As the largest resource of information specific to women's brain health, we are sure you will find what you are looking for, and promise that you will discover new information.
Published on: November 15, 2005
Alzheimer’s ultimately affects all parts of the brain but each person is affected differently as the disease progresses. In part this is due to the nature and extent of damage being caused to different areas of the brain. Each section of the brain is known as a lobe; a lobe simply means a part of an organ (earlobe for example). Here, we examine the effects of damage to the parietal lobe of the brain.
The parietal lobes have an important role in integrating our senses. In most people the left side parietal lobe is thought of as dominant because of the way it structures information to allow us to read & write, make calculations, perceive objects normally and produce language.
Damage to the dominant parietal lobe can lead to Gerstmann’s syndrome (e.g. can’t tell left from right, can’t point to named fingers), apraxia and sensory impairment (e.g. touch, pain).
Damage to the non-dominant lobe, usually the right side of the brain, will result in different problems. This non-dominant lobe receives information from the occipital lobe and helps provide us with a ‘picture’ of the world around us. Damage may result in an inability to recognize faces, surroundings or objects (visual agnosia). So, someone may recognize your voice, but not your appearance (you sound like my daughter, but you’re not her).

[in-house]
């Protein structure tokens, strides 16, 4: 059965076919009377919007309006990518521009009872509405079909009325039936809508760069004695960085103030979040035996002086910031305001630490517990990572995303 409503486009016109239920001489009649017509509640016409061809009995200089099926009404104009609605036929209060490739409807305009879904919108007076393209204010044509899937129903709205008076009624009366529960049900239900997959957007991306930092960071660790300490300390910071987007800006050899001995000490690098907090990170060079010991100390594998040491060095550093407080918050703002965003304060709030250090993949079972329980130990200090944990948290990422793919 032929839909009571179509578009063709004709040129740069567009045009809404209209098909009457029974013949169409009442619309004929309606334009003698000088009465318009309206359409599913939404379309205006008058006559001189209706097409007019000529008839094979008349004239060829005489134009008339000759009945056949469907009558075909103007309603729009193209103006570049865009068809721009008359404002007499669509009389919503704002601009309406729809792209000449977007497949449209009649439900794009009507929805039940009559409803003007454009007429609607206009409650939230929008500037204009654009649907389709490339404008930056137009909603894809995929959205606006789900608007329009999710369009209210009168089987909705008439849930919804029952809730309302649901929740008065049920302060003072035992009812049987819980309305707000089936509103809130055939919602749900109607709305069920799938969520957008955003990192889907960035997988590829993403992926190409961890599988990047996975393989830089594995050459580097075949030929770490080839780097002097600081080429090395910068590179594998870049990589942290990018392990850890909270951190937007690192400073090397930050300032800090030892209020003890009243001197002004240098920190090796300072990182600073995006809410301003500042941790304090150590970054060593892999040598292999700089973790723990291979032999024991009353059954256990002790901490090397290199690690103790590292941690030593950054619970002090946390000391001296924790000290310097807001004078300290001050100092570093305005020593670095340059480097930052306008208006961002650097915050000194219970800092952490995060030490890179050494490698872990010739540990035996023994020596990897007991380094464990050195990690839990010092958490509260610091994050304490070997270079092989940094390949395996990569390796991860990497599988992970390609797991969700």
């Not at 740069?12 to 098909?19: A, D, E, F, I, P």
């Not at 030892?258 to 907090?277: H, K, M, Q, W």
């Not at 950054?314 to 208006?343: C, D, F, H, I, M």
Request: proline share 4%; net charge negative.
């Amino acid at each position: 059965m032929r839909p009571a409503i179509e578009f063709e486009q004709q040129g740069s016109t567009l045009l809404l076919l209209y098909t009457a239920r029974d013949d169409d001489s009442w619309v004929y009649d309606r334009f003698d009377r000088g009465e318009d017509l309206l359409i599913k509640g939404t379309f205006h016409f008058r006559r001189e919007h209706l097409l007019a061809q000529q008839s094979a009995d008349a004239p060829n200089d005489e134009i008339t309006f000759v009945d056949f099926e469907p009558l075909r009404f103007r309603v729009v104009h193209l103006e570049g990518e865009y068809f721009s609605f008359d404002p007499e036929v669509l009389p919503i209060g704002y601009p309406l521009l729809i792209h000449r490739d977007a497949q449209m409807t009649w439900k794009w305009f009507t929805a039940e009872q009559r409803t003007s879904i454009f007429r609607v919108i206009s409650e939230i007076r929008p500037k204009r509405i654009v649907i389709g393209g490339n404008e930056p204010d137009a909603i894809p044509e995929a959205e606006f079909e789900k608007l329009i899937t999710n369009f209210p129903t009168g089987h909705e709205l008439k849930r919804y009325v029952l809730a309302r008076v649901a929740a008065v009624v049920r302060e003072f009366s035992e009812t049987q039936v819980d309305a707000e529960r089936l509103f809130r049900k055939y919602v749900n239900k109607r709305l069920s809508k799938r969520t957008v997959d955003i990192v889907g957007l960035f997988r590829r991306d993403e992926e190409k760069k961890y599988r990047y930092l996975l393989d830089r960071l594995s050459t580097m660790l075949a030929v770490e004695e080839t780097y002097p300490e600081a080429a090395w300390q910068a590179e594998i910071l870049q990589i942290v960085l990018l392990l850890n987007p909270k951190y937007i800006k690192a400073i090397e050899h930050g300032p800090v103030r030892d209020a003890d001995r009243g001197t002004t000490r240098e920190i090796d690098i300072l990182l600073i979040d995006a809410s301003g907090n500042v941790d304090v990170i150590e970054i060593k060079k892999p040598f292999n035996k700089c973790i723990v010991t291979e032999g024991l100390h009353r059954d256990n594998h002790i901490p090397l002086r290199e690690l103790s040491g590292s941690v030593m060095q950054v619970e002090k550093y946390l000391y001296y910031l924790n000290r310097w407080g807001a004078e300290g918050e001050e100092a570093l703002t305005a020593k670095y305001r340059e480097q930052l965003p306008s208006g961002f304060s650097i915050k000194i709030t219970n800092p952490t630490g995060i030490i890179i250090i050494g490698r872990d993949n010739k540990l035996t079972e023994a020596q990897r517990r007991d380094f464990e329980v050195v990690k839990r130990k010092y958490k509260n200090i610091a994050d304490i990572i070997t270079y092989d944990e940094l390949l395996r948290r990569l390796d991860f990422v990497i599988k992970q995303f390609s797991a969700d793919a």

Because this lobe also has a role in helping us locate objects in our personal space, any damage can lead to problems in skilled movements (constructional apraxia) leading to difficulties in drawing or picking objects up.
Recent findings suggested the serotonin system may be an effective target for prevention and treatment of mild cognitive impairment. “Now that we have more evidence that serotonin is a chemical that appears affected early in...
By the time you start losing your memory, it’s almost too late. That’s because the damage to your brain associated with Alzheimer’s disease (AD) may already have been going on for as long as twenty years....
For decades, the only way to officially diagnose Alzheimer’s disease was by analysing a patient’s brain during a postmortem. More recently, physicians have been able to use positron emission tomography scans of the brains of living people...
The material presented through the Think Tank feature on this website is in no way intended to replace professional medical care or attention by a qualified practitioner. WBHI strongly advises all questioners and viewers using this feature with health problems to consult a qualified physician, especially before starting any treatment. The materials provided on this website cannot and should not be used as a basis for diagnosis or choice of treatment. The materials are not exhaustive and cannot always respect all the most recent research in all areas of medicine.